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Wednesday, July 15, 2015

How the Senate made it almost impossible to vote down the Iranian nuke agreement

The United States constitution provides that treaties may only be adopted with the advice and consent of two thirds of the United States Senate.

Three months ago, the Senate adopted a bill that was negotiated with President Obama that abdicated that right of approval. In essence, under Corker-Menendez, Obama has the right to present his surrender to Iranian nuclear weapons to the Senate not as a treaty, but as an agreement. And if the Senate says no, Obama has the right to veto that no. Unless the Senate comes up with 67 votes to override that veto, the agreement with Iran will stand. That means that 34 votes to sustain Obama's veto are enough for the agreement to go through.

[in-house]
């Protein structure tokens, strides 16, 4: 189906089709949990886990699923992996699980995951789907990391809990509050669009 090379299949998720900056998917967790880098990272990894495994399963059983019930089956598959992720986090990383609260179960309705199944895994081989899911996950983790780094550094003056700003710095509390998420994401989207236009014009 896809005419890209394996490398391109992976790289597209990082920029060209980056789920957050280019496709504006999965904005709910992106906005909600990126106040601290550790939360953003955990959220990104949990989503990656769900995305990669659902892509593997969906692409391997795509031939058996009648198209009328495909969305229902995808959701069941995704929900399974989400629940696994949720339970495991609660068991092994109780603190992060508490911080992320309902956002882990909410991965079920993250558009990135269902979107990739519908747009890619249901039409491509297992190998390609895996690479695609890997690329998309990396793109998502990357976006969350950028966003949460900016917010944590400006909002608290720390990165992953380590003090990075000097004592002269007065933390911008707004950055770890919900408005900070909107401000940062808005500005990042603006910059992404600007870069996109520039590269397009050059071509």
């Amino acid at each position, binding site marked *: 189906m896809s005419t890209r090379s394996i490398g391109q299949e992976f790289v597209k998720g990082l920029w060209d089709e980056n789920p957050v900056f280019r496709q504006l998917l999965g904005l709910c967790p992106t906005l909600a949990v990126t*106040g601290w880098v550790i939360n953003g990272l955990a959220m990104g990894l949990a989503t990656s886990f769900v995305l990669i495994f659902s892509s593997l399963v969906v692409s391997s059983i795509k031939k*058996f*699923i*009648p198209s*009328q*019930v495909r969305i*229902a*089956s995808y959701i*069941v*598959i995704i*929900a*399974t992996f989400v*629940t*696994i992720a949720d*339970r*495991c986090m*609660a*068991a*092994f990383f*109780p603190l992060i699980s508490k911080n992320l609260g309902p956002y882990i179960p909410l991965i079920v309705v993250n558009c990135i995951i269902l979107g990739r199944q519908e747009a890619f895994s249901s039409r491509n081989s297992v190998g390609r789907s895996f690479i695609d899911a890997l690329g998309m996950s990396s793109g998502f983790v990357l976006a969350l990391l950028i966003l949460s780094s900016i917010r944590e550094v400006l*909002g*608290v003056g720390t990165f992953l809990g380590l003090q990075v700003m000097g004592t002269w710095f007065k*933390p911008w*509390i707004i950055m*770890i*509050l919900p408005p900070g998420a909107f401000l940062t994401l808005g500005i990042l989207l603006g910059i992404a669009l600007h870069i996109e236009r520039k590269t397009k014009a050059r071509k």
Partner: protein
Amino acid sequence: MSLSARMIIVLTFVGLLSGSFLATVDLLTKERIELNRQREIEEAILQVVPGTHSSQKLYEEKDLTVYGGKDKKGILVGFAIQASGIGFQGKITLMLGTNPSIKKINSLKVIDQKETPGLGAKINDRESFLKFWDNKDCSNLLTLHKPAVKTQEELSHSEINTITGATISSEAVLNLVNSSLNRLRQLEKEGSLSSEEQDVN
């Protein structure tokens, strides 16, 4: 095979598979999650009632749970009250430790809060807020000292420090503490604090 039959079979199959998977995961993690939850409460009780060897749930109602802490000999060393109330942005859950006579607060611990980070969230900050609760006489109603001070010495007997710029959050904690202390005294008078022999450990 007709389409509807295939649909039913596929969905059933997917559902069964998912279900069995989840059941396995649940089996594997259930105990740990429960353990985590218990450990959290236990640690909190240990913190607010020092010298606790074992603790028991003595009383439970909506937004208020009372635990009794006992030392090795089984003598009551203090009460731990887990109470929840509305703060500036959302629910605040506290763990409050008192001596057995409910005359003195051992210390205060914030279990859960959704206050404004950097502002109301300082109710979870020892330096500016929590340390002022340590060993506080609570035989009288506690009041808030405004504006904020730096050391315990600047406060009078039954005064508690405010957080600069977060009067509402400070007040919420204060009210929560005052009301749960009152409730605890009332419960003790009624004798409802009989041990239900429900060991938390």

There are 44 Democratic Senators in the current Senate, plus an additional two Independents who caucus with the Democrats. In order to override an Obama veto, 13 of those Democrats and Independents must vote against Obama.

Does anyone really think that's going to happen?

Go back and read this post from three months ago. It's astounding.

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